Posted in Gardens, lifestyle, self-sufficiency, environmental issues, adventure

Fulwood Open Gardens


A few years ago, I became aware of the National Open Garden Scheme, a proposal where gardeners invite others to look around their pride and joy for a donation to charity. It’s a great idea for other gardeners to get inspiration and advice and the money goes to a good cause. I was going to do this last year but, as so often, the year went too quickly and in September I realised I missed my chance.


I noticed a poster for Fulwood Open Gardens on a walk with a friend. It was displayed on a tree in a particularly eye-catching front garden. It wasn’t part of the national scheme, but was a local event, designed to raise money for the Baby Beat Appeal at the nearby Sharoe Green Hospital.

(The appeal aims to raise £100,000 each year to fund the state – of-the-art technology needed by the Maternity Unit, not covered by the budget. There is also a current funding campaign – Little Ted’s Appeal – to soundproof two rooms at the Delivery Suite).

There were 10 gardens altogether, from 10.30am to 4pm, but we only visited six because of prior commitments in the afternoon.


All had their merits and were varied.

One was very quirky and a real mix of everything in a fairly small space. Buddhas, tick. Fairy garden, tick. Veg patch (including onions), tick. An abundance of flowers, tick…



One gardener proudly showed us around his raised beds and containers of vegetables – carrots, cabbages, parsnips and more – and handing out tips while he did so.

A delightful slice of chocolate cake and a refreshing cup of tea was had in next door’s conservatory. I loved the summer house at the bottom of their garden.

A small garden demonstrated what could be done in such limited space and there was even a sheltered housing complex offering a display of flower borders and hanging baskets.


My personal favourite was the wildlife garden. As we strolled along the path, we saw crowds of bees feasting on the lamb’s tail among other culinary (for them) delights amidst the flower borders. I also came across a small white butterfly. But what I saw was only a mere glimpse of what creatures comes to visit…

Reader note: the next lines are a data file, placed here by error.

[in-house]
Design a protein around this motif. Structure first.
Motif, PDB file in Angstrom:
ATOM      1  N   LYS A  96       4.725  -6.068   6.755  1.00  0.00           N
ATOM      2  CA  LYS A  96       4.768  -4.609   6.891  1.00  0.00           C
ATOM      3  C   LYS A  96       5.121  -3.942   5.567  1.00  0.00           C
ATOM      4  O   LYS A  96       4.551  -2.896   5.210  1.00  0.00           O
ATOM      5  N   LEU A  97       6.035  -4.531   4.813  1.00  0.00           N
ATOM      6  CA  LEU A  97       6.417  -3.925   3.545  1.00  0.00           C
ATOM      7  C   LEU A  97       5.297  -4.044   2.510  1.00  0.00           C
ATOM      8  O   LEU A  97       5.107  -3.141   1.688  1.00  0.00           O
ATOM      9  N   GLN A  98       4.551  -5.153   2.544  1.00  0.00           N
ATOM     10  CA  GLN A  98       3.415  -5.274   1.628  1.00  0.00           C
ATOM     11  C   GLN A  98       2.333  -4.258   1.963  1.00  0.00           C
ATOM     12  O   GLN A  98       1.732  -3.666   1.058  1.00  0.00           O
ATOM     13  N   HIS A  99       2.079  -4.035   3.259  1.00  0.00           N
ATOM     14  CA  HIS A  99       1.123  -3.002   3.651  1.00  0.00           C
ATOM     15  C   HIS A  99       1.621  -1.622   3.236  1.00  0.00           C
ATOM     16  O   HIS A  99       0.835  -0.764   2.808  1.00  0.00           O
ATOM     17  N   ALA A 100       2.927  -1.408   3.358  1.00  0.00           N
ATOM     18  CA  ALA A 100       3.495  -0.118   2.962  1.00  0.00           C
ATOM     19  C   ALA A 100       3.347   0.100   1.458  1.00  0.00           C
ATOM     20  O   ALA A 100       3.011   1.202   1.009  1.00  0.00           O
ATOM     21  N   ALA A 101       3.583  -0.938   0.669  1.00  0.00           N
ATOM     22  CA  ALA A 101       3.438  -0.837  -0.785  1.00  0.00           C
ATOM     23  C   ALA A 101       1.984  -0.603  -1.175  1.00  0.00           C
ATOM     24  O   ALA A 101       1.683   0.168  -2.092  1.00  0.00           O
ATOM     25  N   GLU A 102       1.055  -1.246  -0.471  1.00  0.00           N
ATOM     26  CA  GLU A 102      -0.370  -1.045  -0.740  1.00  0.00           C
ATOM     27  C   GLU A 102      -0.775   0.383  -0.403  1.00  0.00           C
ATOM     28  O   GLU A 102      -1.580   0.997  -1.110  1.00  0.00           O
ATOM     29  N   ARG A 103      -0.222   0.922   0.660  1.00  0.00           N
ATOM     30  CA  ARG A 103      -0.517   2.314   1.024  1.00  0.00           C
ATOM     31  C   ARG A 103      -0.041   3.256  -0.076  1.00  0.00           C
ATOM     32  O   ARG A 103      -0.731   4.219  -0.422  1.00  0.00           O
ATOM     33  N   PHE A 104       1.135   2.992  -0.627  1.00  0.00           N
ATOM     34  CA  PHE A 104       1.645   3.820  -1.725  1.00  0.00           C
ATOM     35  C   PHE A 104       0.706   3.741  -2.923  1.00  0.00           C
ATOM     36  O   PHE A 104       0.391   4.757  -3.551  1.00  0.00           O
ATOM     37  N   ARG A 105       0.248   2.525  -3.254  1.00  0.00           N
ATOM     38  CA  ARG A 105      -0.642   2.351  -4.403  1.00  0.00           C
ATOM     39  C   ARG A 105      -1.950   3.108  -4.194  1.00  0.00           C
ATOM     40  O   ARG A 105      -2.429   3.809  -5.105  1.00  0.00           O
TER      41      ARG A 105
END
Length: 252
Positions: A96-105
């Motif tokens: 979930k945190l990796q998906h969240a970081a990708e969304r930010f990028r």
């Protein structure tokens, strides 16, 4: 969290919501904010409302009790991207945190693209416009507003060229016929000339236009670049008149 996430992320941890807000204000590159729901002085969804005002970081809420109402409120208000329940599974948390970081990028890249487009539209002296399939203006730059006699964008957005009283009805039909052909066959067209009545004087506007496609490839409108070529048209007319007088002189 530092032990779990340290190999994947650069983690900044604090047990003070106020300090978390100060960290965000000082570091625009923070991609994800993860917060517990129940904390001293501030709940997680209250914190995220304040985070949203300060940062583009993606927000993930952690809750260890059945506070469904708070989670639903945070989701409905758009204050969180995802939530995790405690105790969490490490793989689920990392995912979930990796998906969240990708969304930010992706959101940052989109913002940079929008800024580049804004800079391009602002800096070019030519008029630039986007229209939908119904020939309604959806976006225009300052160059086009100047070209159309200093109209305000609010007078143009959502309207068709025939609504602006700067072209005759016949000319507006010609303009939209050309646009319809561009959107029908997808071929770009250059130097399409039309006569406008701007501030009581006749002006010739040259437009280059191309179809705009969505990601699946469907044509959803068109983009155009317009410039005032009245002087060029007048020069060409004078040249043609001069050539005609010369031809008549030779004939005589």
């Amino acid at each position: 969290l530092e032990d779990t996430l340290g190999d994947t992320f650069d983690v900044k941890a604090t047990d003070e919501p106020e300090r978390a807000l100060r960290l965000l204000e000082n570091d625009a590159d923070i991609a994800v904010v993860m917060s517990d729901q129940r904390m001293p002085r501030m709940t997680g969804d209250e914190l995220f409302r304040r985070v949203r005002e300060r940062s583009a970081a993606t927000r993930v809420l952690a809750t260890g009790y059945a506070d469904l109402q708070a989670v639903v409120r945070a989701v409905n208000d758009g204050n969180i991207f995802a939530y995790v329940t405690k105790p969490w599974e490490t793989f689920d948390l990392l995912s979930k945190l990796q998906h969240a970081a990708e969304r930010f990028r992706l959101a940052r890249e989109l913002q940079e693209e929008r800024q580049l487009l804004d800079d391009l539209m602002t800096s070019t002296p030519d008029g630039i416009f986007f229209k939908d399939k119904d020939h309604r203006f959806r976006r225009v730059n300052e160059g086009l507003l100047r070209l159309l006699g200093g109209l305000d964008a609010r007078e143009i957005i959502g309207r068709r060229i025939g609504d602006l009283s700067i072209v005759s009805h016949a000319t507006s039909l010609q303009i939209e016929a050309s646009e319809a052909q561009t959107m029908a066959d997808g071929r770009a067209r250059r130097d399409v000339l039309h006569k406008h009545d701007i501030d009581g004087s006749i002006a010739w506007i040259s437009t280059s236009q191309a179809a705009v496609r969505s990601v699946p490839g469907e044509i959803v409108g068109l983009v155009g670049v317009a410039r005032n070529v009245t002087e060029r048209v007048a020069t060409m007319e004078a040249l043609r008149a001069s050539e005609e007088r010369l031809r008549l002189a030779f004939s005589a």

Scenes of the wildlife garden

The garden owner told me that a hedgehog came round at 9.45pm every night for his supper. Today his neighbour came to look around his garden and told him a hedgehog visited him nightly at 10pm!

I came away from the gardens feeling inspired and invigorated. What next? Raised beds for veg? Bee balm to attract bees? Sink garden of succulents? A fairy garden?

Have you taken part or visited a Open Gardens Scheme, whether local or national?

For more information on the National Garden Scheme, visit

Facts of the Day

1. The National Garden Scheme was founded in 1927.

2. At that time, before the creation of the NHS, admission fees raised money for district nurses.

3. According to its website, the National Garden Scheme is the ‘largest single funder of nursing and caring charities in the UK’. Since 1927, £55m has been raised for charity.






Interested in environmental issues, wildlife, spirituality, gardening, self-sufficiency and mini-adventures. There are two blogs, one is and the other, more recent one, is - ☺️

13 thoughts on “Fulwood Open Gardens

      1. I have also thought about offering our farm as one of their sites. We have many gardens and a pond. My biggest concern is that it is rare that all looks it’s best at the same time. LOL.

        Liked by 1 person

  1. What a great idea to invite others to view your garden and the “price” is donated to charity. Sounds like a fun time – years ago we had “garden walks” of the nicest landscaping/flowers but not enough people showed up, so they have stopped doing it. I thought it was a great idea.

    Liked by 1 person

    1. Yes, it’s a fantastic idea and everyone – garden lovers, gardeners, people wanting a day out and charities – benefit. That’s a shame about the garden walks, that also sounds a lovely idea. Maybe they might bring it back, or something similar, in the future and with extra publicity it could become popular?

      Liked by 1 person

      1. I really like the idea … there is a woman here in SE Michigan and she has a huge garden in her backyard. She caters to butterflies so most of her backyard is colorful perennials and milkweed – she is a waysation for Monarch butterflies. She has an annual open house where you can go into the yard and see the butterflies and the price of admission is a donation of items on her “want list” for local shelters. You just deposit your donation on her porch and walk to the backyard – it is like being transformed into a paradise. I will attach the link – the day I went it was not sunny, so I didn’t see too many butterflies. If it is a sunny day, I ‘ll try again this year. She has already posted the date and it’s the end of August.

        Liked by 1 person

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